The New York Times list of questions that the special counsel wishes to put to the president is a farrago of psychometric inquiries into mood, motive, and opinion that has almost nothing to do with the original canard about Trump-campaign collusion with Russia. Unlike the cases of the Watergate, Iran-Contra, and Whitewater special prosecutors, there was no prior fact of a crime here. And none has emerged in the year since Robert Mueller was nominated as special counsel in an already long-going investigation, except the very probable untruthfulness under oath of former FBI deputy director Andrew McCabe, former directors James Comey (FBI), James Clapper (NIA), and John Brennan (CIA), and probably Hillary Clinton and others. Mueller gives no hint of pursuing anyone but Trump and his collaborators, and right to the last week has packed his investigative team with rabid anti-Trump partisans.
The media’s febrile animosity to the president has caused them to try to whip up public anger over an astonishing sequence of nothingburgers. The latest to be debunked are that nasty comments about Kim Jong-un would lead to war, and that threatened tariff increases would generate a general trade war.
There were desperation lunges at the Logan Act (when Trump was president-elect, and forgotten now that John Kerry might be infringing it); obstruction, though no one has been obstructed; and punch-drunk Watergate myth-maker Carl Bernstein’s “constitutional crisis” over Trump’s “mental incapacity” and the use of the 25th Amendment. During droughts of matters to lament or magnify, unattributable reports sprang up like green shoots that the president’s advisers and cabinet thought him a (coarse adjective omitted) “moron” or “idiot.” Now it is the unutterable foolishness about Stormy Daniels, an ingenuous woman whose charm is mitigated by her terribly obnoxious lawyer, whom the Democrats have turned into a media star. The president encountered her one evening ten years before the election and no misconduct is alleged. He pays his counsel for the work they do and out-of-pocket expenses, and the effort to turn this into an illegal campaign contribution reaches a new depth in Trumpophobic improvisation.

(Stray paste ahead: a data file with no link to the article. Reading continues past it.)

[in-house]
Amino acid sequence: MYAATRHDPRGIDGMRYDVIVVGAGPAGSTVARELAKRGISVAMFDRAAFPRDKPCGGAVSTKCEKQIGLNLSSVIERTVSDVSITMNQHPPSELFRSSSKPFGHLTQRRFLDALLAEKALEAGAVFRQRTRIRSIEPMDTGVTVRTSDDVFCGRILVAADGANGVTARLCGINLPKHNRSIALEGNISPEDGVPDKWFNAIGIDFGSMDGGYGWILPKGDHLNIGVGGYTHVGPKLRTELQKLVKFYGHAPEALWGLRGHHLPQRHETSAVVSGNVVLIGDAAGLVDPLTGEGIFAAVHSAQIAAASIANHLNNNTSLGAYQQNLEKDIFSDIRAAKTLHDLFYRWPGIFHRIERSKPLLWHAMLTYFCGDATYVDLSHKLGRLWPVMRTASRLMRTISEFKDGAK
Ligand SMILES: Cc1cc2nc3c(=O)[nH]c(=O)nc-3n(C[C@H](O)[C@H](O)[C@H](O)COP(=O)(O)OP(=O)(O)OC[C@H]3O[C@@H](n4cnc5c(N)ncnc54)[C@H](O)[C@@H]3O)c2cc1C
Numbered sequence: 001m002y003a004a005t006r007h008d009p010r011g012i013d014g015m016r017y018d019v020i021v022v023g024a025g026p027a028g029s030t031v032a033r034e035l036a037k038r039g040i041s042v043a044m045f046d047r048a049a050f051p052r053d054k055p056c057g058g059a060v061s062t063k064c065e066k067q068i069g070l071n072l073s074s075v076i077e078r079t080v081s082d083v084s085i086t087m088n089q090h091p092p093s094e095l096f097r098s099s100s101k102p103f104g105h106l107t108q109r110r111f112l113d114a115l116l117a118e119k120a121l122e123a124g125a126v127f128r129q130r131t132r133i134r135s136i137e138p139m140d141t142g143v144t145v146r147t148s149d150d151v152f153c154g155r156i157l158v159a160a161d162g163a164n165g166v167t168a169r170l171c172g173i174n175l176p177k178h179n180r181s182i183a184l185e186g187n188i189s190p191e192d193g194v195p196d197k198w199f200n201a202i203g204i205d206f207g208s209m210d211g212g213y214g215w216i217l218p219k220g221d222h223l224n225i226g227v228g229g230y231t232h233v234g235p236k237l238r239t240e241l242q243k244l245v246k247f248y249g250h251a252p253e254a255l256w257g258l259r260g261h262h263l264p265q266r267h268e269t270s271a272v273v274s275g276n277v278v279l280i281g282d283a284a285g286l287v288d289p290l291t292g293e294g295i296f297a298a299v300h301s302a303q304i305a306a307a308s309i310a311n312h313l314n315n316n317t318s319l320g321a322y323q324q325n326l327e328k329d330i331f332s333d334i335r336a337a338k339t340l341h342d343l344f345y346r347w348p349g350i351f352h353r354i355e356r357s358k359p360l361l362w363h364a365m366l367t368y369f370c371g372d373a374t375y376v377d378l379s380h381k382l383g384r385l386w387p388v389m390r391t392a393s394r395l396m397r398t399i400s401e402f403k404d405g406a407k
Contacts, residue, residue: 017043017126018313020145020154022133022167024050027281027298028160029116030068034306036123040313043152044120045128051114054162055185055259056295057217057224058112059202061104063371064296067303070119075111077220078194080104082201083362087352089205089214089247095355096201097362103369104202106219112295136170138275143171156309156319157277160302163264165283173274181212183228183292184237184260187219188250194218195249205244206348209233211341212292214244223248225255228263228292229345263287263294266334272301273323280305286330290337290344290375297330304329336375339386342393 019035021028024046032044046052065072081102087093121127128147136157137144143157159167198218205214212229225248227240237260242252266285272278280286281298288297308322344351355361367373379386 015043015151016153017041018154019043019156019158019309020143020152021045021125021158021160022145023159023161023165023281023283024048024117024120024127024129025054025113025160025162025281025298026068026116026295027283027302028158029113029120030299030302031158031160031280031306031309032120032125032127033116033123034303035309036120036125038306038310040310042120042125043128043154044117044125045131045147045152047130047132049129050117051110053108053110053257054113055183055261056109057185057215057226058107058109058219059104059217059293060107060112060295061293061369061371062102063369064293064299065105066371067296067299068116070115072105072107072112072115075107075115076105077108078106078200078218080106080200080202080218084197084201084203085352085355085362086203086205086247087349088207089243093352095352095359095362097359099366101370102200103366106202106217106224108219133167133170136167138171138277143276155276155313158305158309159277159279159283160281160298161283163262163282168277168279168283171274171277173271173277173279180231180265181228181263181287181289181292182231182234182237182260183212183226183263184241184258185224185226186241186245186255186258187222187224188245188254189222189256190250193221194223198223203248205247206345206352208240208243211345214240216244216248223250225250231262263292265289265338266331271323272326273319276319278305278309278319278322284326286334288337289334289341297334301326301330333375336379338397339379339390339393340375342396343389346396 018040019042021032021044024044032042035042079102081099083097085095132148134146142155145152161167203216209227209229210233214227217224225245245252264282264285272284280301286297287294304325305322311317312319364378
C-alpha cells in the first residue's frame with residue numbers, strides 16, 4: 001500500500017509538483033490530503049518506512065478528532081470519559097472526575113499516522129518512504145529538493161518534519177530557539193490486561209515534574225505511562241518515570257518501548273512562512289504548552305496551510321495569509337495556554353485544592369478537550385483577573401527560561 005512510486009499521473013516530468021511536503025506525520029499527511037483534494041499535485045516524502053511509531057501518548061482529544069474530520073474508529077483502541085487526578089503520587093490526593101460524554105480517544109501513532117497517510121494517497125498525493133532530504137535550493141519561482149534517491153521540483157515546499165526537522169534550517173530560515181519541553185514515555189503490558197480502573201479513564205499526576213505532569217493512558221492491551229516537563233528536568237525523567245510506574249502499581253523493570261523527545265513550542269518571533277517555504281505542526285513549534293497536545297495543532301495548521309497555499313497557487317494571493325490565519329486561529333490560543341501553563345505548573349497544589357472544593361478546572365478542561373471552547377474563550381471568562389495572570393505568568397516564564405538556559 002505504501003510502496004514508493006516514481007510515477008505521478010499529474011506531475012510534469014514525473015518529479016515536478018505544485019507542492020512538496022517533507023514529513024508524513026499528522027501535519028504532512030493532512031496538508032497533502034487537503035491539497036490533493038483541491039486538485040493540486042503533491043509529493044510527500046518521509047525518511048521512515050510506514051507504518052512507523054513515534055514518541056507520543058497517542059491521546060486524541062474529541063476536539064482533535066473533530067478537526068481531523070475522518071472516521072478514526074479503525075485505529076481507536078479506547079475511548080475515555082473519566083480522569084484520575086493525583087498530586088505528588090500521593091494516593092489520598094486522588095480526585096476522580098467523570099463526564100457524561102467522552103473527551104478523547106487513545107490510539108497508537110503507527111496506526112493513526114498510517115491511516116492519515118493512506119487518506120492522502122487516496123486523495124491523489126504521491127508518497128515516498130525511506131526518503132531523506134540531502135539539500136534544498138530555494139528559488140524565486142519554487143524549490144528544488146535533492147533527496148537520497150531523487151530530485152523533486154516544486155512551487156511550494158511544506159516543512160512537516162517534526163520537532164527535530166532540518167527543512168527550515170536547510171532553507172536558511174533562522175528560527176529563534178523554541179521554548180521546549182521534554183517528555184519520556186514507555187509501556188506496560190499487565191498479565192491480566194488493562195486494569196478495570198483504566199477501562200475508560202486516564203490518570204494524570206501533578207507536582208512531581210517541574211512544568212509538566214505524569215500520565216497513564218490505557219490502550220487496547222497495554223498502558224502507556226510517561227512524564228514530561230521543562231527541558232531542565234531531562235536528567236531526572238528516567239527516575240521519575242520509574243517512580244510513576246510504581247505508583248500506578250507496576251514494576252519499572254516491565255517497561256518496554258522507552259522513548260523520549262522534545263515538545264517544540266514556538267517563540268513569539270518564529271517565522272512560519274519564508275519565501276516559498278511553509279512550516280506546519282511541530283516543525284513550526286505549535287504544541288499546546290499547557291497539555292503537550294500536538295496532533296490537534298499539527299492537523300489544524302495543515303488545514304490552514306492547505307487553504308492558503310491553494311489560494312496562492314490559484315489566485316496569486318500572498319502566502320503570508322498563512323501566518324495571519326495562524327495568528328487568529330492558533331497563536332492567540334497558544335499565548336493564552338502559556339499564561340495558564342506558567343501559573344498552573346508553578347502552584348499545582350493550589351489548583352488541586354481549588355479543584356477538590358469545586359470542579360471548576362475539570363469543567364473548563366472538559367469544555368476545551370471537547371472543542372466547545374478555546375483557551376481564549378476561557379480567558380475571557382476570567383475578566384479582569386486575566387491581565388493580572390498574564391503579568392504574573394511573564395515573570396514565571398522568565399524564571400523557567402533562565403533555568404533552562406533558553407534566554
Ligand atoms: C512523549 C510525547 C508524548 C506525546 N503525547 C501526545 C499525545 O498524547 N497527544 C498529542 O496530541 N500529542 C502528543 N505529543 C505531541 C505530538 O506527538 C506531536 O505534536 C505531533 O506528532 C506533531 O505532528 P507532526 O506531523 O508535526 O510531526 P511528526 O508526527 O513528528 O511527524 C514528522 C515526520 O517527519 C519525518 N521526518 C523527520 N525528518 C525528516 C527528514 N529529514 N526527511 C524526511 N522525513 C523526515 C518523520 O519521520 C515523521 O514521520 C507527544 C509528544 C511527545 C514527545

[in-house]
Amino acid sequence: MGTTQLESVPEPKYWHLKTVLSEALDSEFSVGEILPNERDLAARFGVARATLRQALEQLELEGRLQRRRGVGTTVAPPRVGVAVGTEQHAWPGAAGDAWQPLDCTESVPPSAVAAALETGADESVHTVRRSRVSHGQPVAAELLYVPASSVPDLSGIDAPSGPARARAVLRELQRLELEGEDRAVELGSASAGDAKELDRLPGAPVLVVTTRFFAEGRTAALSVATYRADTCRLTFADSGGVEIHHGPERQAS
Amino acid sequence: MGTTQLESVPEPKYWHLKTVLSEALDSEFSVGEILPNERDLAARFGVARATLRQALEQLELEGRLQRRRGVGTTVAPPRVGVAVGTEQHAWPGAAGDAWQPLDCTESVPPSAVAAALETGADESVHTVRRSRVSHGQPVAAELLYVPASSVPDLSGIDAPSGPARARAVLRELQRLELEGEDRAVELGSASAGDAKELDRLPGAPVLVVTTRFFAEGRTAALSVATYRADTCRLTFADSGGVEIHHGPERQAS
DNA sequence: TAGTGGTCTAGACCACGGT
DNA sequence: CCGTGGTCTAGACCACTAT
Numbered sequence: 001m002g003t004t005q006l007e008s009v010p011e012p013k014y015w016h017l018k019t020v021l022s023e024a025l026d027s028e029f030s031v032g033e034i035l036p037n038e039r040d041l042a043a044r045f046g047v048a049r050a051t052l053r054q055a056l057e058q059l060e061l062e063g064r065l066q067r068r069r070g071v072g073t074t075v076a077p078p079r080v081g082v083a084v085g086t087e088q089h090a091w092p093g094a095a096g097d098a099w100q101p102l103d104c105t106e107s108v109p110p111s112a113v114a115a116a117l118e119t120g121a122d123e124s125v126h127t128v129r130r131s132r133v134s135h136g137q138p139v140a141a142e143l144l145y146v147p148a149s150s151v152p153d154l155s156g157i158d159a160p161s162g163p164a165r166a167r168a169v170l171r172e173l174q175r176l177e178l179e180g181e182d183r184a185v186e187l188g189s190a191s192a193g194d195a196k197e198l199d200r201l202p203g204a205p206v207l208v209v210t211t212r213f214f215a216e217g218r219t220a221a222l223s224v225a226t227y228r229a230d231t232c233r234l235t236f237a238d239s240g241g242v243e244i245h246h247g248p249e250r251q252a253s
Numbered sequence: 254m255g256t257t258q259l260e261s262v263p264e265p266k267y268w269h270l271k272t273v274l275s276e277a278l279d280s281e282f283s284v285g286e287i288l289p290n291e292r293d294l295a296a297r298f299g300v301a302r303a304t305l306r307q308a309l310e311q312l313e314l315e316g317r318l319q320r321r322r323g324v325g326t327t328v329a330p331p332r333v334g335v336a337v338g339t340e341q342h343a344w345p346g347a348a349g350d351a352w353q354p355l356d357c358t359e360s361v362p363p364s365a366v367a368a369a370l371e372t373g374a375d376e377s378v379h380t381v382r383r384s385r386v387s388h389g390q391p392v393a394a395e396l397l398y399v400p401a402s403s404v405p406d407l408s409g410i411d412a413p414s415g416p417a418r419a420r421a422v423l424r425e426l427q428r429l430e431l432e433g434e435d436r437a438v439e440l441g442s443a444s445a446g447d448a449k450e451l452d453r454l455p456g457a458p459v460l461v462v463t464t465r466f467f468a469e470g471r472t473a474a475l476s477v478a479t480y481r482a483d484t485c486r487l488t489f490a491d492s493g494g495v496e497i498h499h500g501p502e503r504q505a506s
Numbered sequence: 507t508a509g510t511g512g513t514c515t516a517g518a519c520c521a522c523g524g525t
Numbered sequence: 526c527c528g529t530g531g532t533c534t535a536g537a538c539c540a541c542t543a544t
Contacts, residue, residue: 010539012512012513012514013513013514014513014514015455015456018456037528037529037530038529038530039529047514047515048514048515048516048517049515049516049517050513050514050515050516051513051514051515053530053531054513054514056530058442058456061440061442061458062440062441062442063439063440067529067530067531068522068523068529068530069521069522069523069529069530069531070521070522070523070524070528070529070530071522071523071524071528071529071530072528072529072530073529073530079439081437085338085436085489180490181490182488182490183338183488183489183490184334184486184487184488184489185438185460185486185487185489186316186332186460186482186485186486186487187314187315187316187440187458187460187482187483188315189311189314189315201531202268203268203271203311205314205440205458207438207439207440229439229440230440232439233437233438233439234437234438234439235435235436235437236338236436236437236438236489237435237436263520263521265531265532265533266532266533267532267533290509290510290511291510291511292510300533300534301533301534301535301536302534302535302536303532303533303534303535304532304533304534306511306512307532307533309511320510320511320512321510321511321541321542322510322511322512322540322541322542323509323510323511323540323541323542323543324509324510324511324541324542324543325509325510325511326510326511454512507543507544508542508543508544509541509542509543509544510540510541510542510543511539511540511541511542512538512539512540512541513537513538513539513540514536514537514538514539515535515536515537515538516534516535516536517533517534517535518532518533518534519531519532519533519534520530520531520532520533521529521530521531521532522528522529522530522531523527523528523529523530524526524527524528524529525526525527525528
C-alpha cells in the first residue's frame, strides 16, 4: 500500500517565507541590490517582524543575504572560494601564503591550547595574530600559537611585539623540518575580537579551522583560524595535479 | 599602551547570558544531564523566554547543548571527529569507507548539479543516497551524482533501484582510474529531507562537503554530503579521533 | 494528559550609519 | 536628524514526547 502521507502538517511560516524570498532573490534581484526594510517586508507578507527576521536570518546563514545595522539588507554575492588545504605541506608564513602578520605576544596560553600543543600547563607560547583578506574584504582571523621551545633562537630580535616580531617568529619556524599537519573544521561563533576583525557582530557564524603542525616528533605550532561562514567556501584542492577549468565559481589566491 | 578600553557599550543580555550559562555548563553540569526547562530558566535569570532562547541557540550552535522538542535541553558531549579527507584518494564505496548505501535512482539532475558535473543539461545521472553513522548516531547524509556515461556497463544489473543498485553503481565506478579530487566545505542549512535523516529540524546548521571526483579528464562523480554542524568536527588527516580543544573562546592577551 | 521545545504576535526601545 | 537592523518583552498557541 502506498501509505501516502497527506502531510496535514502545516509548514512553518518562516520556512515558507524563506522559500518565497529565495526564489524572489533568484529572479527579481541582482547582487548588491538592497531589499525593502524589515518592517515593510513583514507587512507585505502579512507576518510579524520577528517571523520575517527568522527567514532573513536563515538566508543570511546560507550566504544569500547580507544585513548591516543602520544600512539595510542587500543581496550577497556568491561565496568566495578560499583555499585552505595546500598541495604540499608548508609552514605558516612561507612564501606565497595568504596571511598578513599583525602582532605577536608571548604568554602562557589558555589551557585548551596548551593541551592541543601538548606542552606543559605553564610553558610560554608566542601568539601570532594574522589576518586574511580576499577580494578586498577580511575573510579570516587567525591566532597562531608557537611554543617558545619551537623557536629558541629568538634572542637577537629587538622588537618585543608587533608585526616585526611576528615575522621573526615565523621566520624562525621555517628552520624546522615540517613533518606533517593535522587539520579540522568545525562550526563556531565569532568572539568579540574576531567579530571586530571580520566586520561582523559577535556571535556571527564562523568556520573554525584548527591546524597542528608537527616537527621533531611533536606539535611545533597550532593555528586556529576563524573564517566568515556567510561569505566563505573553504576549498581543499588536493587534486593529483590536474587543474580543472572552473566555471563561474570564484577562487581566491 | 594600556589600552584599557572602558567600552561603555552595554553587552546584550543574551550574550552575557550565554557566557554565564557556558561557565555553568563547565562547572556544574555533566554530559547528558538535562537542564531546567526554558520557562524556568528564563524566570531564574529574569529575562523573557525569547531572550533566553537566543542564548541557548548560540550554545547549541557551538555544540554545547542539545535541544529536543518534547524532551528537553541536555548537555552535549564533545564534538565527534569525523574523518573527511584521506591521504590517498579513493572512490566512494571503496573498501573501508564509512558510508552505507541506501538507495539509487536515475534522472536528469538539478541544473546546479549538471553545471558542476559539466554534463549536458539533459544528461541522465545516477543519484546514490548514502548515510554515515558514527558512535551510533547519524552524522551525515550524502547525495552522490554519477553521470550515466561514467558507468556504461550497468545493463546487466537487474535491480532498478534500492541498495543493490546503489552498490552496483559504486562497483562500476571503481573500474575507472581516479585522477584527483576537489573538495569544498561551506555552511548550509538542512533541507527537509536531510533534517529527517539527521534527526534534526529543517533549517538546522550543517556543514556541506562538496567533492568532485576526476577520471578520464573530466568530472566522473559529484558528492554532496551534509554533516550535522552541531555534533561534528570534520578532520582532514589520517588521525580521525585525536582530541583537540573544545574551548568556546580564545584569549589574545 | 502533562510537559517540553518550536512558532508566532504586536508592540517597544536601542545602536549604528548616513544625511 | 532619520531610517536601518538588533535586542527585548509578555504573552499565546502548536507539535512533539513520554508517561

Perspective is needed to judge the trends in this seething struggle between Trump and his bipartisan enemies and most of the national media. Trump is winning. Donald Trump declared war on the entire political class, “the swamp,” and as all the world knows, he was nominated and elected, and after many months of complete indifference from the Republicans in Congress, he has completely taken his party over and has the Republican members of Congress in lock-step behind him. The Never Trumpers are retiring in dozens, led by Ryan, Flake, Corker, and the ailing John McCain (who helped stoke up the Russian-collusion fraud and called Trump’s Arizona supporters “crazies”). The president has risen fairly steadily in the polls to between 45 and 50 percent, and ahead of where President Obama was eight years ago, despite the most intensive media sandbag-job since that which overwhelmed Richard Nixon in 1973–74. Support for the Mueller investigation is steadily declining. The president’s approval rating is more than twice that of Congress and almost thrice the media’s. The White House Correspondents Dinner last week was a self-destructively embarrassing disgrace.